How to Secure Your Organization’s Network
Securing your organization’s network − devices connected to the internet − is imperative as being connected to the internet today increases the risk of cybersecurity issues.
Many small businesses today leave their network unsecured as they believe that a) their business network is small enough for cyberattackers to bother, and b) devices right off the box are secure enough.
“Most attacks are not personal in nature and can occur on any type of network − big or small, home or business,” the United States Computer Emergency Readiness Team (US-CERT)said. “If a network connects to the internet, it is inherently more vulnerable and susceptible to outside threats.”
One of the ways that your organization’s network may be vulnerable to outside threats is through the newly discovered malicious software (malware) called “VPNFilter”.
Researchers at Ciscorecently disclosed that at least 500,000 small office and home office routers and network-attached storage devices in at least 54 countries have been infected by the VPNFilter malware. Cisco researchers said that small office and home office routers of Linksys, MikroTik, NETGEAR, TP-Link and QNAP network-attached storage devices are affected.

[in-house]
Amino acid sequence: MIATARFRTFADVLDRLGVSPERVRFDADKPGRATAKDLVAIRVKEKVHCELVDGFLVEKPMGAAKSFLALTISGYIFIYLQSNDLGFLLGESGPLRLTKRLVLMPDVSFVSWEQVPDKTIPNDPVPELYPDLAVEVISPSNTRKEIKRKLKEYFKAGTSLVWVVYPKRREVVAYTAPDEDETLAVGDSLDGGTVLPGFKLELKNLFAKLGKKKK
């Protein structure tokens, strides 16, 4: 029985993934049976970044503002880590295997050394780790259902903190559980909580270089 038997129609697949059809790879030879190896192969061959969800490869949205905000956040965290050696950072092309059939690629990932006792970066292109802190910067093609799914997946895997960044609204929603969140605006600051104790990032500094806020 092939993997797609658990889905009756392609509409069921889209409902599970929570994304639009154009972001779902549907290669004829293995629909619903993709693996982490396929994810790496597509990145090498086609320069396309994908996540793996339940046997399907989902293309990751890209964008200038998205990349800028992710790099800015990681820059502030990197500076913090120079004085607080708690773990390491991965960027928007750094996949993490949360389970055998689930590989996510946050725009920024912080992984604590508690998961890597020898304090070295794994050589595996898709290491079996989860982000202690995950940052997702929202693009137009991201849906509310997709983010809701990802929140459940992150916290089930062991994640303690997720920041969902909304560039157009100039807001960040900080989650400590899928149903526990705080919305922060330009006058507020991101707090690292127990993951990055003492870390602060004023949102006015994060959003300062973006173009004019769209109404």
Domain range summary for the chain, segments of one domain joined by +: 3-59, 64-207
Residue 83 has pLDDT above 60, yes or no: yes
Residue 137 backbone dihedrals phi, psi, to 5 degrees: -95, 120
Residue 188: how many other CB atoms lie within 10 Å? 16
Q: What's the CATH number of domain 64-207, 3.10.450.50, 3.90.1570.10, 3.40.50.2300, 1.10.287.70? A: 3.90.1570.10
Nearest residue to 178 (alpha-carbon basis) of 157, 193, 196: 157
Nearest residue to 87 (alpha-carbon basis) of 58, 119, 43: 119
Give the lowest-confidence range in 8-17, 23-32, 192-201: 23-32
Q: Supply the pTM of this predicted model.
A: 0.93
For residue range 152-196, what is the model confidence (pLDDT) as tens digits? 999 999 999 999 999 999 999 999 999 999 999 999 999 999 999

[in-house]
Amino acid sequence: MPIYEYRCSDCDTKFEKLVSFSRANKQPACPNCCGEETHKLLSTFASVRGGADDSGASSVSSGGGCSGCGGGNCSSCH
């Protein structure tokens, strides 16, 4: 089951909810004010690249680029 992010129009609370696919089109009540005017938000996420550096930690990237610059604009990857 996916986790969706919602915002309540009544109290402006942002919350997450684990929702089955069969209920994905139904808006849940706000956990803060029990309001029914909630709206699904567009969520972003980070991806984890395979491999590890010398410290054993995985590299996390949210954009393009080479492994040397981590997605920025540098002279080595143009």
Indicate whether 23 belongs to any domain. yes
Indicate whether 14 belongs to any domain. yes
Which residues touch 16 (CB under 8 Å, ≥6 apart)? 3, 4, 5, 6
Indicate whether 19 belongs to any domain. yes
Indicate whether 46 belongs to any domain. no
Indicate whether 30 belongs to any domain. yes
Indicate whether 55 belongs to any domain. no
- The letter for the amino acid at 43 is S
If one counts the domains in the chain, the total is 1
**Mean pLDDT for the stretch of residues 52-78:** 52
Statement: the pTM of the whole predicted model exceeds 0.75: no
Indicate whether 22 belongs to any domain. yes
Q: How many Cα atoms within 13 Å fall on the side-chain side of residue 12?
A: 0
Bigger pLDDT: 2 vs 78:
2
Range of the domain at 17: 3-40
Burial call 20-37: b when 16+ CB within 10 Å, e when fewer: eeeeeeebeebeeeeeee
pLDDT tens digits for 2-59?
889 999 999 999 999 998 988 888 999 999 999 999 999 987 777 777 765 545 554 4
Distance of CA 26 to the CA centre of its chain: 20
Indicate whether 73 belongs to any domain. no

According to Cisco researchers, VPNFilter is a malware that operates in 3 stages.
Stage 1of VPNFilter discovers the IP address of the server. The main purpose of stage 1 is to gain a foothold for the deployment of stage 2 and stage 3 malware.
Stage 2of VPNFilter enables cyberattackers to collect files via unauthorized transfer of data from infected computers or servers. Some versions of stage 2 of VPNFilter have a self-destruct capability, overwriting a critical portion of the device’s firmware and reboots the device, causing it to become unusable.
Stage 3of VPNFilter, meanwhile, provides additional functionalities such as collecting traffic that passes through the device, including stealing of website credentials.
According to Cisco researchers, rebooting the devices blocks the stage 2 and stage 3 processes of VPNFilter malware. Rebooting, however, doesn’t eliminate the stage 1 process as the malware maintains its presence on an infected device. The continuing presence of stage 1 in the device means that stage 2 and stage 3 can be reinstalled by the attackers.